Teachers’ union in decline as pandemic-weary parents demand more options | Regional
The self-proclaimed North Carolina Teachers Union still has influence with many Democratic lawmakers in the legislature, but its influence – and popularity – with teachers and North Carolina residents appears to be waning.
Over the past decade, the NC Educators AssociationMembership fell nearly 59% and its revenue halved from $ 11 million to $ 5.8 million. Of the states affiliated with the National Education Association, only Montana and Nevada experienced a larger drop in membership. Today, the NCAE represents only 18% of teachers in public schools in the state.
Part of the reason is that parents and teachers in North Carolina are increasingly looking for alternatives to the NCAE and traditional public schools.
During the pandemic, public school enrollment fell 5%, to about 70,000 students, while the ranks of homeschoolers rose 20.6%, to about 30,000 students. Enrollment in private schools increased by 3,282, an increase of 3.3%, and charters saw an increase of 7.7%, or about 9,000 students.
“Over the past decade, North Carolina has grown from being a laggard to a leader in parental choice,” noted Dr. Terry Stoops, director of the Center for Effective Education at the John Locke Foundation. “Simply put, North Carolina is a better place because its citizens embrace educational freedom.”
Meanwhile, a statewide campaign launched by the John Locke Foundation – editor of the Carolina Journal – urges public school teachers to save $ 500 in dues each year by leaving the NCAE.
The billboards are present in high population areas of the state, including the two largest school districts of Charlotte-Mecklenburg Schools and Wake County Public Schools. The campaign includes a digital component to QuitNCAE.com, in which teachers are instructed to sever ties with the NCAE.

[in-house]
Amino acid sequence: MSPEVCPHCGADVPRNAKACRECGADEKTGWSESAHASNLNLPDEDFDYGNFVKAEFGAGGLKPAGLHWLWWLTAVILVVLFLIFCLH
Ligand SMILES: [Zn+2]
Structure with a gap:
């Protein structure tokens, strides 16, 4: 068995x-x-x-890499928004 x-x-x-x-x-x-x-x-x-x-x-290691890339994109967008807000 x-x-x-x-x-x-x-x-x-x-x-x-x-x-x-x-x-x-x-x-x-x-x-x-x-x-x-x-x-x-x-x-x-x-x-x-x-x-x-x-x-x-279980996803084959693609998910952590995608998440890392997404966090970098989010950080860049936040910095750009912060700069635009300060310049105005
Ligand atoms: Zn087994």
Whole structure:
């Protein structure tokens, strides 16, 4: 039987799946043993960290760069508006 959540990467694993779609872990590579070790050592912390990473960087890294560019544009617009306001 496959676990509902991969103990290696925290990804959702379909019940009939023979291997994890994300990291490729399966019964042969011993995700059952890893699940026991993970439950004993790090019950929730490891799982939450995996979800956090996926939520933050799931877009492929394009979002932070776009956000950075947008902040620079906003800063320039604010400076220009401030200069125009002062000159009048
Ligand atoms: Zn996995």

“The John Locke Foundation embraces diversity of thought,” Locke chairman Donald Bryson said in a statement. “We are pro-teachers. We believe educators should have the freedom to affiliate as they see fit, and we believe the NCAE has long ceased to represent the best interests of teachers and students, in exchange for partisan gains.
For teachers who choose to leave the union, there is a new alternative in 2021: the Carolina Teachers Alliance.
“I’ve heard from so many teachers that the NCAE doesn’t represent their values,” said Amy Marshall, a former public school teacher who launched the Carolina Teachers Alliance earlier this year as a cheaper alternative. which does not promote a progressive agenda. .
NCAE dues vary by school district and role, but, for the 2021-22 school year, the organization was billing $ 586 per year for a full-time teacher in Wake County. Professional membership in the Carolina Teachers Alliance is about half of $ 299.88 per year.
Marshall said that joining the Carolina Teachers Alliance It has grown steadily since its official statewide launch in April. In addition to differentiating itself from the NCAE on prices, the organization also separates on major political questions: it supports the choice of schools while giving priority to the improvement of public schools, supports the police. and advocates for public schools to remain open and accessible during the pandemic.
Jennifer Balgooyen is an example of a teacher who chose to join the Carolina Teachers Alliance earlier this year because her values did not match those of the NCAE.
“There is a very concerning trend in how the NCAE politicizes medicine and public health, as well as how it tackles many topics that have no place in public schools,” said Balgooyen, who taught in Wake County public schools for 14 years.
Mark Crowe is another Cumberland County public school employee who joined the Carolina Teachers Alliance because he was tired of NCAE politics.
“It’s more political than it is for the kids,” Crowe said. “I think it’s good when teachers can come together, but some of the issues the NCAE is having is so controversial, which is why they lose their membership.”